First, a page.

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Police adopt family in need for the holidays


January 7, 2015

Officer Colt Davis decorates stockings that the Mukilteo Police Department then filled with toys and candy for eight local children in need.

Around Christmastime, Mukilteo police didn't just respond to 911 calls – they got to become Santa’s helpers.

Typically, the Mukilteo Police Department hosts Shop with a Cop, an event where local children in need shop for gifts for themselves and their families. Each child receives $50, sometimes more.

This year, however, instead of hosting its own shopping event, the department adopted a Mukilteo family in need for Christmas.

Endeavour Elementary, one of the Mukilteo School District schools that nominates children from low-income families for Shop with a Cop, asked police officers for extra holiday help.

A family of four had been nominated last year, but now they needed help more than ever: The father lost his job, the mother has cancer and they couldn’t afford Christmas presents for their two children, 11 and 7.

“I was contacted by Endeavour, and they said a family did Shop with a Cop with us last year, and that things have gotten worse for them,” Officer Colt Davis said. “The dad is not working because he’s taking care of his wife. They desperately needed help.

“I asked the chief if we could adopt the family.”

Police Chief Rex Caldwell gave the OK.

“Picking one family was rewarding, as we were able to make a greater impact for the entire family,” Caldwell said. “We support a number of charitable organizations, and this project is an extension of those efforts.

“There is a great need in our community that is sometimes ‘out of sight, out of mind.’ Our officers see it every day and help in many ways.”

As requested, the father emailed the department a Christmas wish list for his family. At the top of the list were winter coats and boots for his wife, son, daughter and himself.

Then, of course, he listed toys for their children: Lego sets, a remote-control Jeep, the Wii U Nintendo game system and the movie “Despicable Me.”

In turn, Davis sent a mass email to the community, asking for donations to help the adopted family.

“We bought them coats and shoes, and other basic needs,” Davis said. “Then we reached out to the community.”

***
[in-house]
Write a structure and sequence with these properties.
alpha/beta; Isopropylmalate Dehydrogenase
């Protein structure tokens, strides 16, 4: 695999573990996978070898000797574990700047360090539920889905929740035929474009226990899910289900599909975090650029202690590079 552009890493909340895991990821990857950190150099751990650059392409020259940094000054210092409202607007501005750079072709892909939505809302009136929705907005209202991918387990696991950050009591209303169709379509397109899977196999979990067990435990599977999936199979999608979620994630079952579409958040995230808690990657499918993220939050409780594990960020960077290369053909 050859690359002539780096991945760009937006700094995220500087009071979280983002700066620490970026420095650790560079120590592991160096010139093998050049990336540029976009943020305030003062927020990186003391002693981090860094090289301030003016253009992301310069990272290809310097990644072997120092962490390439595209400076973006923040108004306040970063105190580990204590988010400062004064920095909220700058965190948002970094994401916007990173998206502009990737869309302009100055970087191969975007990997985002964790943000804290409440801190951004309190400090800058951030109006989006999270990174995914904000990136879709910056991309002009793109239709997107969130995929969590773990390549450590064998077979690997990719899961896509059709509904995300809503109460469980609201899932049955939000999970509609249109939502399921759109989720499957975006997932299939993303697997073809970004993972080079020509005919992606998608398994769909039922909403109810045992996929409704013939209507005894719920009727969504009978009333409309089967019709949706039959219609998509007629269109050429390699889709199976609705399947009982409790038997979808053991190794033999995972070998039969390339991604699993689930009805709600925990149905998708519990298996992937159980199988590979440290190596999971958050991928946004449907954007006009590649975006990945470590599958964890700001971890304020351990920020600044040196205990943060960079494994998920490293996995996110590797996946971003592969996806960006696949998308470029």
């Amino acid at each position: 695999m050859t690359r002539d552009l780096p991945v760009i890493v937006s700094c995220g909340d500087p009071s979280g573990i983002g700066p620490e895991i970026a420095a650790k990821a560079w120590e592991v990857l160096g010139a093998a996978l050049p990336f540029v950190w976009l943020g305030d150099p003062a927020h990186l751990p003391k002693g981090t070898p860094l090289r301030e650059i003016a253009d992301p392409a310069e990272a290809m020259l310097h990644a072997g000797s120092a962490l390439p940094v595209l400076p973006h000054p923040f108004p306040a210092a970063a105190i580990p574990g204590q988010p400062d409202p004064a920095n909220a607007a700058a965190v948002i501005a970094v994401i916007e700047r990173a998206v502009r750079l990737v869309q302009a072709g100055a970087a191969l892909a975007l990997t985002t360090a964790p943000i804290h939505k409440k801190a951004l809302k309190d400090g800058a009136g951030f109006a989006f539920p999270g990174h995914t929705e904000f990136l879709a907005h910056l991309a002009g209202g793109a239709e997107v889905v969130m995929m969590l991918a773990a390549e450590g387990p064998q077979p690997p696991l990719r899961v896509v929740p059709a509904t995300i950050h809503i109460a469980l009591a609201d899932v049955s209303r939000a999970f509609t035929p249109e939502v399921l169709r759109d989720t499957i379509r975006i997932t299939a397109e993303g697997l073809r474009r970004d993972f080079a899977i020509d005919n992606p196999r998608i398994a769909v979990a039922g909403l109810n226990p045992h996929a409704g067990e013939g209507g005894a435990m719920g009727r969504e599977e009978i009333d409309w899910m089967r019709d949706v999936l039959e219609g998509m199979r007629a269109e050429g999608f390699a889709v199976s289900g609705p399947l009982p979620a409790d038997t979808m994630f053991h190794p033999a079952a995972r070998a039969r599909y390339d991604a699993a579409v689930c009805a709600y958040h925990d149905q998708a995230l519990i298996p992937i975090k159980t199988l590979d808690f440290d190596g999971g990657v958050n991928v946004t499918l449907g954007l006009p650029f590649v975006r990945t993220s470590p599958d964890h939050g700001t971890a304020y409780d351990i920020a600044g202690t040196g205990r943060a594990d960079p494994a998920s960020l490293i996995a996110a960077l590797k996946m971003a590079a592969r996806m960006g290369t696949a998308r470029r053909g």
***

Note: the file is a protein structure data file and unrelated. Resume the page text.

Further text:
He was stunned by the response.

“The community really helped us,” Davis said. “It was remarkable to see [everyone] come together to help one family.”

Within a week, the community had donated most of the toys from the wish list, coats, cash and a Christmas turkey.

In addition, each child received $100 to buy their own gifts.

While the kids were shopping on Dec. 18, officers delivered the gifts.

When they got back from shopping, Davis said the kids were surprised to see all the presents under their Christmas tree.

“They were not expecting that,” he said.

Though the Mukilteo Police Department didn’t host their own Shop with a Cop, officers still helped out at Mountlake Terrace Police Department’s event.

At the Dec. 3 event, Mukilteo’s and six other police departments teamed up to shop for gifts with 100 kids from Snohomish County who each received $50.

The holiday help didn’t stop there.

As officers reached out about their adopted family, they connected again with the school district to help eight more children in need. Davis asked the community to donate to this cause, too.

“We couldn’t take them shopping, but I asked them to write down a wish list so we could make stockings,” Davis said.

The department had some leftover stockings from last year’s Shop with a Cop, so officers offered to decorate and fill them for the kids. The stockings, decorated with each child’s name in glitter glue, were also delivered on Dec. 18.

“We went shopping and got things off of their wish list – and extra stuff, too,” Davis said.

Davis said he loved to watch the kids’ reactions as they opened up their stockings.

“They were so excited and so appreciative of what we did,” Davis said. “They couldn’t believe that we got them this stuff. It was ‘How did you know I wanted this?!’ and ‘How did you know I wanted that?!’

“It was really enjoyable.”

He said he and his fellow police officers look forward to Shop with a Cop and other events like it every year because they’re seen in a more positive light.

“Police officers get a bad rap,” he said. “We’re the ones who pull you over, or arrest you and take you to jail. It’s all negative.

“We’re not just here to enforce laws; we want to help. When we’re shopping with kids or making stockings, it’s cool to be seen in that different light.”


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